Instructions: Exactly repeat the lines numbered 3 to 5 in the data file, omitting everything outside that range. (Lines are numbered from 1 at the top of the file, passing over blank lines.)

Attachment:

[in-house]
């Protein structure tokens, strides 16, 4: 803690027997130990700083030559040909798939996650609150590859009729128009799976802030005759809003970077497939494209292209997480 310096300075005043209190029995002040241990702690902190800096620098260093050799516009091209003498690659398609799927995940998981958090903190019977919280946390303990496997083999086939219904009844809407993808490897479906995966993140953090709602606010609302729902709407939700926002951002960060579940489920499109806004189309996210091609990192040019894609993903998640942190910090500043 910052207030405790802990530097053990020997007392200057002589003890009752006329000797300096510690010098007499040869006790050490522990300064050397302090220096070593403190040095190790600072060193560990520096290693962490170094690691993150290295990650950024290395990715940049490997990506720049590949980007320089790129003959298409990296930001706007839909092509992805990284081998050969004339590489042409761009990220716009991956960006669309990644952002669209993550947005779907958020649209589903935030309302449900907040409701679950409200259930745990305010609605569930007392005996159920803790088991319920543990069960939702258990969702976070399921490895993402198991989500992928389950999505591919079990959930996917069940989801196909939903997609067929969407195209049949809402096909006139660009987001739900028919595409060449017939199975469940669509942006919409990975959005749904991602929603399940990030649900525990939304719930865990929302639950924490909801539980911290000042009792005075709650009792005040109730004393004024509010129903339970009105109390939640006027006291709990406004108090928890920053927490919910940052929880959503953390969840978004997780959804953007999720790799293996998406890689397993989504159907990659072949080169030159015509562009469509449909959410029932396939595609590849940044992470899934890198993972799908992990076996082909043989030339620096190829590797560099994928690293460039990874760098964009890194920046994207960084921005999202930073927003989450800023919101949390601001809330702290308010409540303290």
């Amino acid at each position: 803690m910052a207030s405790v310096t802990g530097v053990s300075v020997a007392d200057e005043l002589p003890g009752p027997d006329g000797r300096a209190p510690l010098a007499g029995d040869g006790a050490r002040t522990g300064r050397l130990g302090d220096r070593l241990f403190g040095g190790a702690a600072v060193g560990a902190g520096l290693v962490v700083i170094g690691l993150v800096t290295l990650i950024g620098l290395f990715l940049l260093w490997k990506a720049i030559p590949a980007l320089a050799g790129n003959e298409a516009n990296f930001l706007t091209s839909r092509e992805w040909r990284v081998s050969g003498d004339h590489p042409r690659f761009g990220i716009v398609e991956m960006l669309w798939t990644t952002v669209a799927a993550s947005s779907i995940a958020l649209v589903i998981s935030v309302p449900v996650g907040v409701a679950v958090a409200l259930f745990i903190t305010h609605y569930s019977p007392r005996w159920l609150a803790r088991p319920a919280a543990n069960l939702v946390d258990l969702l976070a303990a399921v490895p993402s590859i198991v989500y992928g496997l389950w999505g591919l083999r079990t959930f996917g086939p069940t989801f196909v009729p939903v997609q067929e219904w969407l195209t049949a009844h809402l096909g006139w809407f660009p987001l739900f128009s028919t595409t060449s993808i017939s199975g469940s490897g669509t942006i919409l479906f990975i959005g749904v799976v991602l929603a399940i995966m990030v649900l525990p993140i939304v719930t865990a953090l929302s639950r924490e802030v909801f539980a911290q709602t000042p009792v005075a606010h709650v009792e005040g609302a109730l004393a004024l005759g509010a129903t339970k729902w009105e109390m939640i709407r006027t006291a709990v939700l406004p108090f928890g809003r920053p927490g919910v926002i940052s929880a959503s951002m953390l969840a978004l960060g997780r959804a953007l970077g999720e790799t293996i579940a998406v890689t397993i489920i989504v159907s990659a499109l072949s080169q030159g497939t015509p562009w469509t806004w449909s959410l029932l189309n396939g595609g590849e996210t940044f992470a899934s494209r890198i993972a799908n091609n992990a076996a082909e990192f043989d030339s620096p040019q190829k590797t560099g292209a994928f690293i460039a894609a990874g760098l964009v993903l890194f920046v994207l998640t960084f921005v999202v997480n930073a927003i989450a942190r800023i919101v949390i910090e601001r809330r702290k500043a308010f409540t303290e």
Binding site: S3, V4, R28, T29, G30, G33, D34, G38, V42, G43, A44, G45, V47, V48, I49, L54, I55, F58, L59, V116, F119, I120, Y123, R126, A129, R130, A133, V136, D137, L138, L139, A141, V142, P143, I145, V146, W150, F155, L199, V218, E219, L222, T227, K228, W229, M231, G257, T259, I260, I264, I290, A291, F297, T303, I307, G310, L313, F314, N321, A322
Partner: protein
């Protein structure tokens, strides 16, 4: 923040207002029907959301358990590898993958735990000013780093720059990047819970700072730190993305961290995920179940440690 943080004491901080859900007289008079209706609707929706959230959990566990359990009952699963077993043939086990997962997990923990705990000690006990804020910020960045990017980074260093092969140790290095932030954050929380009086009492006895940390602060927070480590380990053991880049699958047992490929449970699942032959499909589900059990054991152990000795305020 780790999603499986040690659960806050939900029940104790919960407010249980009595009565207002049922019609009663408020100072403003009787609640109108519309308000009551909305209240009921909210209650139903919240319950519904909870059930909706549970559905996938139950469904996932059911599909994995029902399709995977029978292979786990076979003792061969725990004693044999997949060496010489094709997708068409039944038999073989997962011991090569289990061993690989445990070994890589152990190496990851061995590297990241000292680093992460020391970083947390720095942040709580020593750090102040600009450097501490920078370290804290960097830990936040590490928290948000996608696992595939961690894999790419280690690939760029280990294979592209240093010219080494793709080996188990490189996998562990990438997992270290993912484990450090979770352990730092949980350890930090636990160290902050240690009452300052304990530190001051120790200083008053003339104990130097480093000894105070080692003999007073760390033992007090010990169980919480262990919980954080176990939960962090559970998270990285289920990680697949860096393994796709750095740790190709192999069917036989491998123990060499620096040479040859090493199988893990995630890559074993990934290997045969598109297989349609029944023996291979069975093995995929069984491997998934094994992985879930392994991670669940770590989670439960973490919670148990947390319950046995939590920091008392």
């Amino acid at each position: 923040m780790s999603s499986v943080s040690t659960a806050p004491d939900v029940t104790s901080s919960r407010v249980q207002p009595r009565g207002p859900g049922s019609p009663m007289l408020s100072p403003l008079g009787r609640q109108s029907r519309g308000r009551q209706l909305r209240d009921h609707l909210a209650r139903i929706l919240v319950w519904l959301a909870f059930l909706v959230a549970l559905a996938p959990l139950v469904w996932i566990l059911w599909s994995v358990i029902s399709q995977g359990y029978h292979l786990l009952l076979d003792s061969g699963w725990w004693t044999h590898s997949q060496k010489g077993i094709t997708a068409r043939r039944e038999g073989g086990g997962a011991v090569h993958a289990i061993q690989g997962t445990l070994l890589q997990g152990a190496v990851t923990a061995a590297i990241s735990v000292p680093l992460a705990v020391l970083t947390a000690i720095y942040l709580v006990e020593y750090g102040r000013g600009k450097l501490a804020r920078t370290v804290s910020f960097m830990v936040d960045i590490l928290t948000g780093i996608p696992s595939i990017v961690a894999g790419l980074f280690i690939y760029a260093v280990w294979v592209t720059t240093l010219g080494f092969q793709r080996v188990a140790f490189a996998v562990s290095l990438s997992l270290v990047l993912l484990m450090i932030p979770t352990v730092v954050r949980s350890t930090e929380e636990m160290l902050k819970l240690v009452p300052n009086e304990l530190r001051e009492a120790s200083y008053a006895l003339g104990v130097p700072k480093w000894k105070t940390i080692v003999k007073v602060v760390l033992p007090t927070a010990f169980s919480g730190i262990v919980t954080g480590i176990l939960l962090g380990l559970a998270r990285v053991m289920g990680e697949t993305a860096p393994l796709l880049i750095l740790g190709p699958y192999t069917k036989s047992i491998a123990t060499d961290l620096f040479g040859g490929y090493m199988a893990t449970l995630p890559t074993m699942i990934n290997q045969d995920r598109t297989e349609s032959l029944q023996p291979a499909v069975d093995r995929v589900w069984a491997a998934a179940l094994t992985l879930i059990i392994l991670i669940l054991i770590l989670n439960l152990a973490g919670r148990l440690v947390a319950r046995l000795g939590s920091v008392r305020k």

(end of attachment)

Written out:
């Amino acid at each position: 803690m910052a207030s405790v310096t802990g530097v053990s300075v020997a007392d200057e005043l002589p003890g009752p027997d006329g000797r300096a209190p510690l010098a007499g029995d040869g006790a050490r002040t522990g300064r050397l130990g302090d220096r070593l241990f403190g040095g190790a702690a600072v060193g560990a902190g520096l290693v962490v700083i170094g690691l993150v800096t290295l990650i950024g620098l290395f990715l940049l260093w490997k990506a720049i030559p590949a980007l320089a050799g790129n003959e298409a516009n990296f930001l706007t091209s839909r092509e992805w040909r990284v081998s050969g003498d004339h590489p042409r690659f761009g990220i716009v398609e991956m960006l669309w798939t990644t952002v669209a799927a993550s947005s779907i995940a958020l649209v589903i998981s935030v309302p449900v996650g907040v409701a679950v958090a409200l259930f745990i903190t305010h609605y569930s019977p007392r005996w159920l609150a803790r088991p319920a919280a543990n069960l939702v946390d258990l969702l976070a303990a399921v490895p993402s590859i198991v989500y992928g496997l389950w999505g591919l083999r079990t959930f996917g086939p069940t989801f196909v009729p939903v997609q067929e219904w969407l195209t049949a009844h809402l096909g006139w809407f660009p987001l739900f128009s028919t595409t060449s993808i017939s199975g469940s490897g669509t942006i919409l479906f990975i959005g749904v799976v991602l929603a399940i995966m990030v649900l525990p993140i939304v719930t865990a953090l929302s639950r924490e802030v909801f539980a911290q709602t000042p009792v005075a606010h709650v009792e005040g609302a109730l004393a004024l005759g509010a129903t339970k729902w009105e109390m939640i709407r006027t006291a709990v939700l406004p108090f928890g809003r920053p927490g919910v926002i940052s929880a959503s951002m953390l969840a978004l960060g997780r959804a953007l970077g999720e790799t293996i579940a998406v890689t397993i489920i989504v159907s990659a499109l072949s080169q030159g497939t015509p562009w469509t806004w449909s959410l029932l189309n396939g595609g590849e996210t940044f992470a899934s494209r890198i993972a799908n091609n992990a076996a082909e990192f043989d030339s620096p040019q190829k590797t560099g292209a994928f690293i460039a894609a990874g760098l964009v993903l890194f920046v994207l998640t960084f921005v999202v997480n930073a927003i989450a942190r800023i919101v949390i910090e601001r809330r702290k500043a308010f409540t303290e």
Binding site: S3, V4, R28, T29, G30, G33, D34, G38, V42, G43, A44, G45, V47, V48, I49, L54, I55, F58, L59, V116, F119, I120, Y123, R126, A129, R130, A133, V136, D137, L138, L139, A141, V142, P143, I145, V146, W150, F155, L199, V218, E219, L222, T227, K228, W229, M231, G257, T259, I260, I264, I290, A291, F297, T303, I307, G310, L313, F314, N321, A322
Partner: protein